The <I>Chak De</I> effect on Indian hockey

<img border='0' align='left' title=' ' src='' class='caption'> With Chak De India Shah Rukh Khan who we see more at cricket matches had become an unofficial brand ambassador for hockey.

Updated: March 13, 2008 17:55 IST
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In recent memory never had a hockey team in India cornered all the attention and never had a hockey coach been such a star.

With Chak De India Shah Rukh Khan, who we see more at cricket matches, had become an unofficial brand ambassador for hockey.

But beyond the hype and hoopla there was a calculated business truth. Two weeks after Chak De India's release it had become clear that it had scored a goal at the box office and become a phenomenon.

This less than conventional tale with no romance and no high-billed heroines, instead an intimate and inspiring story of patriotism and team-spirit has won the heart of the nation.

The story is based loosely on the career of former Indian goalkeeper Mir Ranjan Negi who fell from grace after conceding seven goals against Pakistan in the 1982 Asian Games final.

In the film the protagonist returns to the game with a vengeance by coaching the women's team to a great international victory.

"I should say that I'm really inspired. People should make this kind of movies, which inspire not only the players, but also encourage youngsters to take up the game. It has, you know. When you're playing for the country, when you're wearing the Indian jersey, it's an altogether different feeling. And especially when you're playing in front of your home crowd," said Sunil Chhetri, Member, JCT, Indian Footballer.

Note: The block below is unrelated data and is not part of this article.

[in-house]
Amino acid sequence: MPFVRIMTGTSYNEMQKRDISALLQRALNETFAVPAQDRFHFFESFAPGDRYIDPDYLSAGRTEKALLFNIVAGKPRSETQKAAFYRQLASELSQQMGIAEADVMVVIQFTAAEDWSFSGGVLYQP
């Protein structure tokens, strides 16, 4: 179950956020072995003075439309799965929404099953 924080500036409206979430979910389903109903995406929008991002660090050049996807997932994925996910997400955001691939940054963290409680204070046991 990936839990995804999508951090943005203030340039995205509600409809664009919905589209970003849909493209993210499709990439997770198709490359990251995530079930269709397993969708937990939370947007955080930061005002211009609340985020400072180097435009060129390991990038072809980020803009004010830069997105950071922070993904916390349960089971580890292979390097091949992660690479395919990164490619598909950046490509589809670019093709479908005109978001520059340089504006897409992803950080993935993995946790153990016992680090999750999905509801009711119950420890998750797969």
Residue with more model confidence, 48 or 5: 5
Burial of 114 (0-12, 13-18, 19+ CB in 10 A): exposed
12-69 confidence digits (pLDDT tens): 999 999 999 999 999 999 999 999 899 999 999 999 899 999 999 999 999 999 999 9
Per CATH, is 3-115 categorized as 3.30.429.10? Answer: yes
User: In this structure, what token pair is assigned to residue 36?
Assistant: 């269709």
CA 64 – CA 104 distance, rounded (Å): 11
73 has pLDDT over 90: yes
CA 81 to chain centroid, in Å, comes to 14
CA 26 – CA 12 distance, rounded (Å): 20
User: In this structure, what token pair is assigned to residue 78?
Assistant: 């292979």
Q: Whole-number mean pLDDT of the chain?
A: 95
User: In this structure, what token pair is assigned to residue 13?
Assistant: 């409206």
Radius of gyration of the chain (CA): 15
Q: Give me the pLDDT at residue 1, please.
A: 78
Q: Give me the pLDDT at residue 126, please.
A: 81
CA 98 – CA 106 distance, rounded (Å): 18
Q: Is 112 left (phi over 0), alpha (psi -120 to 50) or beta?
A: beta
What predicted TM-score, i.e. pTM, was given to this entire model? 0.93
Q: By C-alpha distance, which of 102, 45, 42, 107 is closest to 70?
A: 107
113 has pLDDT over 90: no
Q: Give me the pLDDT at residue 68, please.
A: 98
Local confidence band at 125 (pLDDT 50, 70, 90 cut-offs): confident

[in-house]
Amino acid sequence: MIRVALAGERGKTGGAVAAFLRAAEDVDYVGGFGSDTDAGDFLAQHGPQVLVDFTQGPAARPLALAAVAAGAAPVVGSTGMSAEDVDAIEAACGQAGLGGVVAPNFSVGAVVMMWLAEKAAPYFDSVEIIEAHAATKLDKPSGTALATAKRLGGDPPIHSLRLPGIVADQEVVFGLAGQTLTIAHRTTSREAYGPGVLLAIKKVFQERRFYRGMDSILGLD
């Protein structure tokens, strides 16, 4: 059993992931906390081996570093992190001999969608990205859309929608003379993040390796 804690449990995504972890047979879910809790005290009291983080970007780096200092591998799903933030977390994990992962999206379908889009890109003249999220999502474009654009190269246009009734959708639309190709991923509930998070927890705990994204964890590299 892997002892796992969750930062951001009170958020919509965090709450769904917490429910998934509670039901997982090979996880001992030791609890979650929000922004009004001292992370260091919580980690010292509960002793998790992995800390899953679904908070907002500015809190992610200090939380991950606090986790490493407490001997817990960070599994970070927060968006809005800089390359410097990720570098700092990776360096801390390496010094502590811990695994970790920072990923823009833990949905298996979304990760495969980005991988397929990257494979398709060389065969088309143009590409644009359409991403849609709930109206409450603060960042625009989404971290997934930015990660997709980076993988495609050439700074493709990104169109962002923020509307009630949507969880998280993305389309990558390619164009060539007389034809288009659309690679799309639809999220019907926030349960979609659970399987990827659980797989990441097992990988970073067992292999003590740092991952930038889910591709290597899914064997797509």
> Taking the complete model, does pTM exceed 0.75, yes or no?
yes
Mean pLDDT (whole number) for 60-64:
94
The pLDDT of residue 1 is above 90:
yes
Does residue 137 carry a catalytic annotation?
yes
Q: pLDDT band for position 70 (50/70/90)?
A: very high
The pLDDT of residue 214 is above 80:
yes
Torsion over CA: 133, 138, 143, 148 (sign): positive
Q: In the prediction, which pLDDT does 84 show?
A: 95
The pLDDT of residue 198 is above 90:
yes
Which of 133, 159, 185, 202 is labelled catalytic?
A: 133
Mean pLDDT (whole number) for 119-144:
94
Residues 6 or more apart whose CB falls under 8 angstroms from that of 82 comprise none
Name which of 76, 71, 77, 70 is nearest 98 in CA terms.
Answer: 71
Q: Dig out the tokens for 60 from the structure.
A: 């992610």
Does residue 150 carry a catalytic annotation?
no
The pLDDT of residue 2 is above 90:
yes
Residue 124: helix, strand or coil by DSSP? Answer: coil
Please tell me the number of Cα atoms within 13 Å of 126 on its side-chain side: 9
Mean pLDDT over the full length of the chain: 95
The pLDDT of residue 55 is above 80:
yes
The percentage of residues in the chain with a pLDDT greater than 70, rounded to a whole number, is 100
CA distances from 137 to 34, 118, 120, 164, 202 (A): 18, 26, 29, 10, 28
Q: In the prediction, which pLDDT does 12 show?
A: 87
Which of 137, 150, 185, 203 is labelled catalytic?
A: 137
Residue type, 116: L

Reviving hockey

The film was credited with reviving hockey, bringing it back into limelight, if even for a while, and giving the game a memorable celluloid chant.

"The intricate meaning of the word is Chak De Phatte, Nap De Killi. Killi is a small lever that you pull. And when you pull it, the water starts gushing into the fields through a motor. Now that Killi is always invariably hidden under a well. And that well is covered by wooden planks. So you lift the phatta, i.e. Chak De Phatta, and then you pull the killi. And then the water starts flowing, gushing into the fields. So it's got everything to do with positivity," said Navjot Singh Sidhu, former Indian cricket player.

And Komal, Preeti, Bindiya, Balbir and Sui Mui became household names.

"Ya, first of all hockey as a sport doesn't get much money allotted to it by major corporations, because it's not the kind of sport that gets much attention. Plus, again because it was a women's film and was a genre in a film that really hadn't been done before," said Shimit Amin, Director, Chak De India.

Yes, Chak De India was just a movie and there is a huge difference between reel life and real life.

But soon as the Indian hockey team lifted the men's Asia Cup hockey title with a huge 7-2 win over South Korea in Chennai, many said the film had been a motivating factor for our players.

Of course, very quickly the Chak De chant had been usurped by cricket at the T20 world Cup win, claiming the universal spirit of any game.

Nothing perhaps could sum up the marriage of sportsmanship in reel and real life better than this.

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